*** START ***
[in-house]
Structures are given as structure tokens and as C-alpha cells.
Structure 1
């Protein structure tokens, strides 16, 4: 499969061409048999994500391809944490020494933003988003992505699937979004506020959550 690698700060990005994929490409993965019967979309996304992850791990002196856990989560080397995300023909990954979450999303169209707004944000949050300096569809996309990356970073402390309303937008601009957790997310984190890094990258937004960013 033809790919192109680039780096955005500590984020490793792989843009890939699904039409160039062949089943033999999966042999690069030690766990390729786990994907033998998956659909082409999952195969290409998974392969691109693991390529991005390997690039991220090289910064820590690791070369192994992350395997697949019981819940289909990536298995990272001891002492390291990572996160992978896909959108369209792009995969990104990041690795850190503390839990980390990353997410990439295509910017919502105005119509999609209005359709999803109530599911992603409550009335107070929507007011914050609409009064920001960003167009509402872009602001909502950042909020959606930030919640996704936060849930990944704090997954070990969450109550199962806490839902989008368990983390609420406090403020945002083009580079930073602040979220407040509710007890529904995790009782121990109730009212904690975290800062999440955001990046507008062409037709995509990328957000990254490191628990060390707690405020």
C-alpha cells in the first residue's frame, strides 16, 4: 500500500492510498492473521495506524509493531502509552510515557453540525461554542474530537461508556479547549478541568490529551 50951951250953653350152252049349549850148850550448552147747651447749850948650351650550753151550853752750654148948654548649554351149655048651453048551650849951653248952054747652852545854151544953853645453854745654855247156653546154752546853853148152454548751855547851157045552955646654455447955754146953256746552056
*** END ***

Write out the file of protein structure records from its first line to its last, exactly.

[in-house]
Structures are given as structure tokens and as C-alpha cells.
Structure 1
């Protein structure tokens, strides 16, 4: 499969061409048999994500391809944490020494933003988003992505699937979004506020959550 690698700060990005994929490409993965019967979309996304992850791990002196856990989560080397995300023909990954979450999303169209707004944000949050300096569809996309990356970073402390309303937008601009957790997310984190890094990258937004960013 033809790919192109680039780096955005500590984020490793792989843009890939699904039409160039062949089943033999999966042999690069030690766990390729786990994907033998998956659909082409999952195969290409998974392969691109693991390529991005390997690039991220090289910064820590690791070369192994992350395997697949019981819940289909990536298995990272001891002492390291990572996160992978896909959108369209792009995969990104990041690795850190503390839990980390990353997410990439295509910017919502105005119509999609209005359709999803109530599911992603409550009335107070929507007011914050609409009064920001960003167009509402872009602001909502950042909020959606930030919640996704936060849930990944704090997954070990969450109550199962806490839902989008368990983390609420406090403020945002083009580079930073602040979220407040509710007890529904995790009782121990109730009212904690975290800062999440955001990046507008062409037709995509990328957000990254490191628990060390707690405020």
C-alpha cells in the first residue's frame, strides 16, 4: 500500500492510498492473521495506524509493531502509552510515557453540525461554542474530537461508556479547549478541568490529551 50951951250953653350152252049349549850148850550448552147747651447749850948650351650550753151550853752750654148948654548649554351149655048651453048551650849951653248952054747652852545854151544953853645453854745654855247156653546154752546853853148152454548751855547851157045552955646654455447955754146953256746552056